New study indicates nail dryers could increase skin cancer risk

Some new research shines a light on how using nail-polish dryers could increase a person’s risk of getting skin cancer. The study published in the journal Nature Communications last month looked at the effect of radiation emitted by UV nail polish dryers on mammalian cells.

The results showed the dryers not only damaged DNA in the cells, but also led to mutations in cells that could lead to an increased risk of getting skin cancer.

Dr. Adam Friedman, professor and chair of dermatology at George Washington School of Medicine and Health Sciences in D.C., said while it is “extremely alarming” that cell death and even mutations could come after just a 120-minute session, more research is needed.

“We need to understand that this doesn’t 100% translate to the human condition, but we need to better evaluate the risk of using these commonly used devices in nail salons,” Friedman said.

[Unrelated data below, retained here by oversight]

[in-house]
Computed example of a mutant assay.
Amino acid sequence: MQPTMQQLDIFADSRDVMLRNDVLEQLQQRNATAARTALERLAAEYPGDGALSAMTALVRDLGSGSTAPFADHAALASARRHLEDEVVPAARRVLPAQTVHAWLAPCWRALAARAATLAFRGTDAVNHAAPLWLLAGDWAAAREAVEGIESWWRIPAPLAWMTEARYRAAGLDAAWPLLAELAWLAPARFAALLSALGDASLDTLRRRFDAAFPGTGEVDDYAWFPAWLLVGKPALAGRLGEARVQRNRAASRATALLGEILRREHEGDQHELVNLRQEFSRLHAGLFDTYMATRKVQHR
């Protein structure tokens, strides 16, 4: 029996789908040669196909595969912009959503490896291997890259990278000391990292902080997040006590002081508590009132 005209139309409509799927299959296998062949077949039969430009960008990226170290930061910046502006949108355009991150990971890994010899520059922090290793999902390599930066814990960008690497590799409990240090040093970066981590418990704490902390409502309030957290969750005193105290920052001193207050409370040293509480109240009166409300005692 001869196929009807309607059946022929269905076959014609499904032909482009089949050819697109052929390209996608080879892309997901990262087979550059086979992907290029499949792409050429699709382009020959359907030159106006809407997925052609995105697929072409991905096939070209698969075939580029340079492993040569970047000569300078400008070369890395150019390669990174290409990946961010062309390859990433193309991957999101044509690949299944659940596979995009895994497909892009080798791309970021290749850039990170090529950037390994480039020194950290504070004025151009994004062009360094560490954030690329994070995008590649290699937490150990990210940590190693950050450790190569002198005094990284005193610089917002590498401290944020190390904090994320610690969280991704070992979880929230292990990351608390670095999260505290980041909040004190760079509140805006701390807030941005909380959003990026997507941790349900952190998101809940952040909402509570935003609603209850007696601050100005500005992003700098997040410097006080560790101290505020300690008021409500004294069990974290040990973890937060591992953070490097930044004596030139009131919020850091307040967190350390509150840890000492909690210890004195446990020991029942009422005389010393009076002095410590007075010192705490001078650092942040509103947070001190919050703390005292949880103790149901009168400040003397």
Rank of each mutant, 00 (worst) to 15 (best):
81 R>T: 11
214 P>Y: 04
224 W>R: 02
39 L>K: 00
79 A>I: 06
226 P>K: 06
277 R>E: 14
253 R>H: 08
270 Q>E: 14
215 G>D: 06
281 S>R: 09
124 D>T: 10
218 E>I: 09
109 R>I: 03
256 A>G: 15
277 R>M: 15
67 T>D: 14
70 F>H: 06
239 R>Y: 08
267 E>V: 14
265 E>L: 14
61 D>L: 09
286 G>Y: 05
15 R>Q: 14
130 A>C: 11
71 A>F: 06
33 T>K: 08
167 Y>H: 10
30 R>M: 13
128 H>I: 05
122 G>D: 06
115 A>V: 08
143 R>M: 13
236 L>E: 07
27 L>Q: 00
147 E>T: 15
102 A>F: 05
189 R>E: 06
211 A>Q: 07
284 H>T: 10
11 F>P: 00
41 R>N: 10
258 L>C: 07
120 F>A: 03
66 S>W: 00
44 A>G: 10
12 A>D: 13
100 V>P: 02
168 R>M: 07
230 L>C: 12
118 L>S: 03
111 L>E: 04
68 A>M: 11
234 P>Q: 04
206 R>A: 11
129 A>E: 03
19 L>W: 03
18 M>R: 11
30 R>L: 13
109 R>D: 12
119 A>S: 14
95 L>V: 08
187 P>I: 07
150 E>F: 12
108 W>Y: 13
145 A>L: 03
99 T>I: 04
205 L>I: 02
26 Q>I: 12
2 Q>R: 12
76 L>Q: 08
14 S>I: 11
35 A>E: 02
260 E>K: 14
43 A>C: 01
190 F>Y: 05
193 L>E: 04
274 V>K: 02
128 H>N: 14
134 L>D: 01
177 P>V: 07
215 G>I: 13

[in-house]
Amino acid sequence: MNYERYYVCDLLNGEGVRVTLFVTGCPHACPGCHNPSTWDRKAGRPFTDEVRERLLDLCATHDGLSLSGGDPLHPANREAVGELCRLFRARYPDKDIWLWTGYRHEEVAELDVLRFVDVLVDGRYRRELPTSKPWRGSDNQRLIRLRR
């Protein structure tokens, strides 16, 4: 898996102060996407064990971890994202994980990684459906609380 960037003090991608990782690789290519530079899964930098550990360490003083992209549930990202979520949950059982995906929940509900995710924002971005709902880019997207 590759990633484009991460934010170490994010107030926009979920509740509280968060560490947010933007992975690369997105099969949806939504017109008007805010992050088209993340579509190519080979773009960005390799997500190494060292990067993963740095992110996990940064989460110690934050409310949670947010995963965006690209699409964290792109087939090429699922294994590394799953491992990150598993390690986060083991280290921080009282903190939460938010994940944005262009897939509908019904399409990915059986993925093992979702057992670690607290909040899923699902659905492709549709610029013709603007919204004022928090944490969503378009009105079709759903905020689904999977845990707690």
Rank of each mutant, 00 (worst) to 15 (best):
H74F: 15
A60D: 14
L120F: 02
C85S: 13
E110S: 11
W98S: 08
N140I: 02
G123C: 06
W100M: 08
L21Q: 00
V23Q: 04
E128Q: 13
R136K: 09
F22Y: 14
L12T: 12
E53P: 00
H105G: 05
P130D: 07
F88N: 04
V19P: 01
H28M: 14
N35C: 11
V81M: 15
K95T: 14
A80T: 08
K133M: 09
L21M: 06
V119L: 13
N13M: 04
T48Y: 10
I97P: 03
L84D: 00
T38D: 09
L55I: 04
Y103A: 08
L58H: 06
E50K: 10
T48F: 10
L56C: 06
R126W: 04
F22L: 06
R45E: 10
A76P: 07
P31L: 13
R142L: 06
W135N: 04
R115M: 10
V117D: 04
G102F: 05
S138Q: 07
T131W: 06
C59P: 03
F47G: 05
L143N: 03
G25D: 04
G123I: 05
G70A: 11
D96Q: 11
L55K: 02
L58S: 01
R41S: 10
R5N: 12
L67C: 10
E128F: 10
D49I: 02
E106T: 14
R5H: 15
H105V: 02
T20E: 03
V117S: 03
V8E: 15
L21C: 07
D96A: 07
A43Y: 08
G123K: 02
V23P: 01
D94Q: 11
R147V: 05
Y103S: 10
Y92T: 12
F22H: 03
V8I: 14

He said he believes it is unlikely that only a few nail dryer sessions would lead to skin cancer.

“The bigger issue is we don’t know what the cumulative risk is of individuals going and being exposed to these dryers over and over again.”

Friedman said avoiding nail dryers, which are necessary for gel manicures, is the safest bet. There are some steps a person can take to protect their skin when using nail-polish dryers.

“Putting sunscreen on the areas around the nail before using said device in the nail salon can help protect the skin around the nails,” Friedman said.

Mike Murillo

Mike Murillo is a reporter and anchor at WTOP. Before joining WTOP in 2013, he worked in radio in Orlando, New York City and Philadelphia.

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